Additional Tier 1 Bond Wipeout Gives a Wakeup Call for Investors and Fund Managers on Their Riskiness
Moneylife Digital Team 25 March 2023
On 19 March 2023, the Swiss national bank announced that UBS will buy the crisis-hit Credit Suisse for US$3.3bn (billion). The historic government-engineered deal came through as UBS struck the deal to buy Credit Suisse in a share deal that imposed 89% losses on the Credit Suisse shareholders. 
 
The holders of Credit Suisse's US$17bn in 'additional tier one' (AT1) bonds have been in a state of turmoil since the Swiss government announced that the AT1 bonds would become worthless. Even while equity shareholders of the Bank are apparently slated to receive one UBS share for every 22.48 Credit Suisse shares they currently possess, the high-risk bond will be wiped down. 
 
Although equity investors are typically expected to bear the losses before bond-holders due to the seniority of the capital structure, the writing down of AT1 notes has not been well-received by the bond-holders. Interestingly in a recent presentation to its investors, Credit Suisse said that in the event that the Bank went through a resolution procedure, shareholders would be hurt harder than AT1-holders.
 
The write-down by Credit Suisse is the greatest setback in the history of the AT1 market in Europe, which is estimated to be worth US$275bn. When Banco Popular was acquired by Bank Santander for €1 to prevent its collapse in 2017, US$1.44bn worth of AT1 notes were written off in Spain. 
 
The high-risk AT1 bonds have been in the headlines in India in a confounding and comparable situation ever since Yes Bank chose to write-off AT1 notes worth around Rs8,400 crore as part of its restructuring strategy. The Bombay High Court overturned that ruling, nevertheless, and a case against it is still pending before the Supreme Court. 
 
Currently, as evidenced by the Yes Bank and Credit Suisse instances, it doesn't take much for the AT1 bonds to lose all of their value during a crisis. It's also intriguing to watch if Credit Suisse's writing down of AT1 bonds will be cited in Yes Bank's defence when it next goes before the Supreme Court.
 
Due to the provision that banks may stop making interest payments on AT1 bonds or even write them off in the event of a financial emergency, these bonds are regarded as high-risk debt instruments. They are a desirable option for investors since they provide higher returns than other debt papers in stable conditions. The type of debt known as AT1 bonds, commonly referred to as contingent convertibles or "CoCos," is seen as being a component of a bank's regulatory capital. In some circumstances, such as when a bank's capital ratio drops below a predetermined threshold, holders may convert them into equity or write them down.
 
After the financial crisis, AT1s were developed as a means of transferring risks from taxpayers to other parties in times of need. They frequently have greater yields than ordinary bonds because of their increased risk.
 
The fact that UBS group AG is more dependent than any other large bank in Europe on the hazardous AT1 bonds that were wiped out in the Credit Suisse takeover is intriguing. AT1 bonds are equivalent to around 28% of the highest quality regulatory capital held by UBS, according to a Bloomberg report. While the 16 largest banks in Europe have an average exposure of roughly 16%. The Bloomberg report also states that, aside from Credit Suisse and UBS, no other major banks have provisions that would permit the full write-down of this kind of bond.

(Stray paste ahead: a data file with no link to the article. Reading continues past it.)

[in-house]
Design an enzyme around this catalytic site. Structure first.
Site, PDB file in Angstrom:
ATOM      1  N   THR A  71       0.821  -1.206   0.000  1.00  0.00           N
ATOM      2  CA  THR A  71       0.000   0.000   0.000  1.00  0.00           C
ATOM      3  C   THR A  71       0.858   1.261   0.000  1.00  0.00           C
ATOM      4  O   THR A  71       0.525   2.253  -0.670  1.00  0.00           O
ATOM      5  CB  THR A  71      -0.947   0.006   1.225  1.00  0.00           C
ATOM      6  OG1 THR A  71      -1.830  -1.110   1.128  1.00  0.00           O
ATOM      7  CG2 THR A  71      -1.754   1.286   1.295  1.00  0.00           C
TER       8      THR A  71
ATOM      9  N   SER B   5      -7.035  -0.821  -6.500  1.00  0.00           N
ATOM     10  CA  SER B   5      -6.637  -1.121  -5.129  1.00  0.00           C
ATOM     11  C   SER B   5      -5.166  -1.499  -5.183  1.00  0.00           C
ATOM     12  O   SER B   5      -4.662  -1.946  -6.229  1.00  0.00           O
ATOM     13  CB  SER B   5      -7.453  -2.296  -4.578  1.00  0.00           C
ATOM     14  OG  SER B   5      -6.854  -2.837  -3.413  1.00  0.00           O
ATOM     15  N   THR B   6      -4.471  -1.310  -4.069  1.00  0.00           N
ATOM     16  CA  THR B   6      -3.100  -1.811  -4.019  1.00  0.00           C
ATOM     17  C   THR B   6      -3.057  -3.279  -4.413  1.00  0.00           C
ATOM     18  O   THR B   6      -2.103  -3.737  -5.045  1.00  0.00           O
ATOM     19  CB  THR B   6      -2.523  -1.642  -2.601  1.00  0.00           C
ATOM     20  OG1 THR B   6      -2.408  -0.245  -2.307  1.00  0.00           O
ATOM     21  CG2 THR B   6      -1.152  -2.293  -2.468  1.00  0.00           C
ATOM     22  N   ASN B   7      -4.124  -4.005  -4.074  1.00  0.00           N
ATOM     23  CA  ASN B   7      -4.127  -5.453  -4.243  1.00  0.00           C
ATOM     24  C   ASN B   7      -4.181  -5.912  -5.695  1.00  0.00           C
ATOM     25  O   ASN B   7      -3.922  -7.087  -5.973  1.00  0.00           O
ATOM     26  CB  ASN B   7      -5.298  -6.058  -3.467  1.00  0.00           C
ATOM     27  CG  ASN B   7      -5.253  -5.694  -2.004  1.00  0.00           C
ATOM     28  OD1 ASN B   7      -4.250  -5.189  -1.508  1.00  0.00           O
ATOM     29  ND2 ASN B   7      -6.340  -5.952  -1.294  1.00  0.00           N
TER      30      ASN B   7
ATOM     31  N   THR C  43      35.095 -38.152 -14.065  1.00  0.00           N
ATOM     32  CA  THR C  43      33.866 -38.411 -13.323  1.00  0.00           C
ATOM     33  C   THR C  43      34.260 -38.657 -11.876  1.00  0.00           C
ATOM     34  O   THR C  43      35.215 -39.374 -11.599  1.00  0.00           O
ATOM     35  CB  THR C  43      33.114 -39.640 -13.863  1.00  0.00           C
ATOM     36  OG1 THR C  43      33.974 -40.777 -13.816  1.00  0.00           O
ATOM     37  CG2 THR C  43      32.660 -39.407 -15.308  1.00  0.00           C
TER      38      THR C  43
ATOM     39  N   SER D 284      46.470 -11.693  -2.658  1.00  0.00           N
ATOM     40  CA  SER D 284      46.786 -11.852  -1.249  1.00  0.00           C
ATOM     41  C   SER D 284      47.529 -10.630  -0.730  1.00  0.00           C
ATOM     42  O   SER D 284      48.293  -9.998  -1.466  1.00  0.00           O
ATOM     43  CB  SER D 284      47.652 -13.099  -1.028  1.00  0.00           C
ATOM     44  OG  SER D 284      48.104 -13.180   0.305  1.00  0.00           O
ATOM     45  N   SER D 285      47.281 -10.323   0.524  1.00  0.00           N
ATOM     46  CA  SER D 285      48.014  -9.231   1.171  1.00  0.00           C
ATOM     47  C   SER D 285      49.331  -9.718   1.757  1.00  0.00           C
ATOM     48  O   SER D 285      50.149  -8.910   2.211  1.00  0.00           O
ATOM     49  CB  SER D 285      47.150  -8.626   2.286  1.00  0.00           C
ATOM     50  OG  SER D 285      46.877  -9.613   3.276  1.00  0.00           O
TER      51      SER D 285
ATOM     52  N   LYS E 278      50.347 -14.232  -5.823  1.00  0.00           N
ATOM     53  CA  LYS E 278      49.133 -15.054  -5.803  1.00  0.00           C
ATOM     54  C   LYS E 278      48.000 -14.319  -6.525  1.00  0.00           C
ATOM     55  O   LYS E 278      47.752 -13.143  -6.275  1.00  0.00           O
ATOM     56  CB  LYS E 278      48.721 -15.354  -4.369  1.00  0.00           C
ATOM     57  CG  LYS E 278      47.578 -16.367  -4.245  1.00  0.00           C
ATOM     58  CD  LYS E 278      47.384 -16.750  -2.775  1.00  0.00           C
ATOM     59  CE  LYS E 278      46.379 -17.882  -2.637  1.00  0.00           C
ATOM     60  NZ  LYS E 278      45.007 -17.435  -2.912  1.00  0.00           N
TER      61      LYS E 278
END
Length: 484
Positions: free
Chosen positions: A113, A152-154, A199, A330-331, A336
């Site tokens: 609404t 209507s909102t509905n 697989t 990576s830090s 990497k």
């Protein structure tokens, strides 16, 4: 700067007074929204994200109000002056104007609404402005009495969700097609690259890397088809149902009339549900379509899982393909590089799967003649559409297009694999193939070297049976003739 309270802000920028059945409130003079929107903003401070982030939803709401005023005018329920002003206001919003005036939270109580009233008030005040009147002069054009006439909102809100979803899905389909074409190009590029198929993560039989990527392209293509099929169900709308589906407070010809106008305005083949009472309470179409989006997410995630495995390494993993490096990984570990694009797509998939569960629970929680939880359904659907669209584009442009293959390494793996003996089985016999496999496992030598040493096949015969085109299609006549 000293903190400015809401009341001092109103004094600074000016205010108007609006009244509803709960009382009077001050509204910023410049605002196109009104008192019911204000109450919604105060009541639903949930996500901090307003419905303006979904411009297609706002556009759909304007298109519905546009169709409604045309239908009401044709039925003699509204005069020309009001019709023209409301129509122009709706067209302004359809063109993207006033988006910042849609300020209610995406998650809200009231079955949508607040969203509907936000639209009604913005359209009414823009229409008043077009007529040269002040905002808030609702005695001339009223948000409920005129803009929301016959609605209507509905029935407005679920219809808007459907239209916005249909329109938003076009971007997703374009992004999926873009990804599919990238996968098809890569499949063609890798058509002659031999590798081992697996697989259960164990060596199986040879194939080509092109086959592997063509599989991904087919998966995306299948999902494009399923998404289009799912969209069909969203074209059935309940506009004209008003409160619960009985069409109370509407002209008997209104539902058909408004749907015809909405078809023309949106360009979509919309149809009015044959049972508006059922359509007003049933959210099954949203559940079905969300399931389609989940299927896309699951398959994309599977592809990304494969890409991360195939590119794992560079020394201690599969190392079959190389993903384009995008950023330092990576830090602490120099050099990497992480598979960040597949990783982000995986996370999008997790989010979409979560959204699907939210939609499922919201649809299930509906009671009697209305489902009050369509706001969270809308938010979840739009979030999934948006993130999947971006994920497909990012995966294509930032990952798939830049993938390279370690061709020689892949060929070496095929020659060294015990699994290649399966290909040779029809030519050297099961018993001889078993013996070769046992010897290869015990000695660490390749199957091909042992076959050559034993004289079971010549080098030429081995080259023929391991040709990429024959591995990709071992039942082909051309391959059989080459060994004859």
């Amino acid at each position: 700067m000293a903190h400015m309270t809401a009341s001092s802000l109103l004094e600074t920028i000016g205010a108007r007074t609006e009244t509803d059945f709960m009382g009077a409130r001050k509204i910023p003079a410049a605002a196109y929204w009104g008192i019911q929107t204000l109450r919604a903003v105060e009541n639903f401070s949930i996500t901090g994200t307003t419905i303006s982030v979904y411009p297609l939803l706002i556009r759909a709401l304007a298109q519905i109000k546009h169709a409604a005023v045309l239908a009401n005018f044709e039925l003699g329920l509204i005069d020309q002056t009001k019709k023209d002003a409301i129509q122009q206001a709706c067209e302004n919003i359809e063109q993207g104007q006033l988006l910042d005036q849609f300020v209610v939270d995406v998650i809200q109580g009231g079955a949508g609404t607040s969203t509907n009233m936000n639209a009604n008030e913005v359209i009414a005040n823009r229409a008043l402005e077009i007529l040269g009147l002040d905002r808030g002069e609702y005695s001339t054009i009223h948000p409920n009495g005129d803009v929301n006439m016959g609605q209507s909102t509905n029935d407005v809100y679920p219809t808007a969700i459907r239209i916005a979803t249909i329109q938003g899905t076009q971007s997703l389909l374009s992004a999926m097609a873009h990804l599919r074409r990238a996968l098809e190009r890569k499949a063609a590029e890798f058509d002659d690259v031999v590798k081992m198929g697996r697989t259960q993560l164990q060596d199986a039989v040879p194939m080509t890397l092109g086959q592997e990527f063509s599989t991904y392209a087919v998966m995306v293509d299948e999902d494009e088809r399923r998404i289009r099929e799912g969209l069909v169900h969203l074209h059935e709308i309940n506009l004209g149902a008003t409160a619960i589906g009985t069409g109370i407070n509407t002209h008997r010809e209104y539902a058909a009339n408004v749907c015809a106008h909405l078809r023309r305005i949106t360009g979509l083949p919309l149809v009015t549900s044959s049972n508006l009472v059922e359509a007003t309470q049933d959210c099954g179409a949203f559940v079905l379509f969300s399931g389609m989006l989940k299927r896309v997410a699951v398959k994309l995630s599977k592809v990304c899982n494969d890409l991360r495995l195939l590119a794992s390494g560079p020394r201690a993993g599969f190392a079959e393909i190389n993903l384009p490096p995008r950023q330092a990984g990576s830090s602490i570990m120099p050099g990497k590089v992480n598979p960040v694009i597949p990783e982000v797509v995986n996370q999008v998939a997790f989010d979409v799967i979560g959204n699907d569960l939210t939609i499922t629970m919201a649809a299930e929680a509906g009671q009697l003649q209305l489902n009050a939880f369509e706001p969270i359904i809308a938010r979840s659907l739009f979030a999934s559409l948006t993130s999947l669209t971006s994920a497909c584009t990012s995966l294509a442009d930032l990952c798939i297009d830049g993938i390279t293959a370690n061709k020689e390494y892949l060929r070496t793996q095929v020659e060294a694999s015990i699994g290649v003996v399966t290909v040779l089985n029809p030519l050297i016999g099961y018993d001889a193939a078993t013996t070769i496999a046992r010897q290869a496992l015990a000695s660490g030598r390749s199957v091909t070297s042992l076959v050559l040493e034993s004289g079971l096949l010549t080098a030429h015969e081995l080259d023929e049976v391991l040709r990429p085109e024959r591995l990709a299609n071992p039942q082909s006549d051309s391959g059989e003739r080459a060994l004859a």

The regulators took a different approach in a similar tale that played out in the US. The Federal Deposit Insurance Corporation (FDIC), which has been tasked with managing bank failures, first closed the troubled Signature Bank.Then, all of Signature Bank's deposits and assets were transferred to Signature Bridge Bank NA as a temporary bridge bank. The plan was to liquidate the Bank, sell off the assets, or find a buyer. A portion of the assets of Signature Bank were sold by the FDIC to New York Community BankCorp.
 
As of December 2022, the formerly known as Signature Bank had total assets of US$110.4bn and deposits totaling US$88.6bn. A bridge bank is required by FDIC rules to hold the bankrupt bank's assets and liabilities until a buyer is located or the assets are sold. According to the terms of the agreement, the current transaction to New York Community BankCorp includes US$18bn in assets from Signature Bridge Bank as well as a US$12.9bn loan book that was sold at a discount of around US$2.7bn. The Bank has over 110 billion dollars worth of assets in total. The US$60bn in loans will continue to be in receivership. The US regulator has a maximum of three years to dispose the remaining loan assets.
Comments
Kamal Garg
9 months ago
It is definitely a legally untenable and controversial decision taken by UBS/Credit Suisse.
By the way, European Central Bank has categorically stated that in such similar situation, it would first write-off common equity and then would write-off AT-1 bonds. And since Switzerland is not part of the EU banking system, therefore, it could adopt a different resolution and took the shelter of UBS/CS provisions.
Everywhere, including in India, it is very clear that AT-1 bonds are quasi-equity and "can be written-off in the event of bank not able to meet its obligation subject to that the common equity has been fully written-off". AT-1 bonds cannot be written-off before the common equity is written off.
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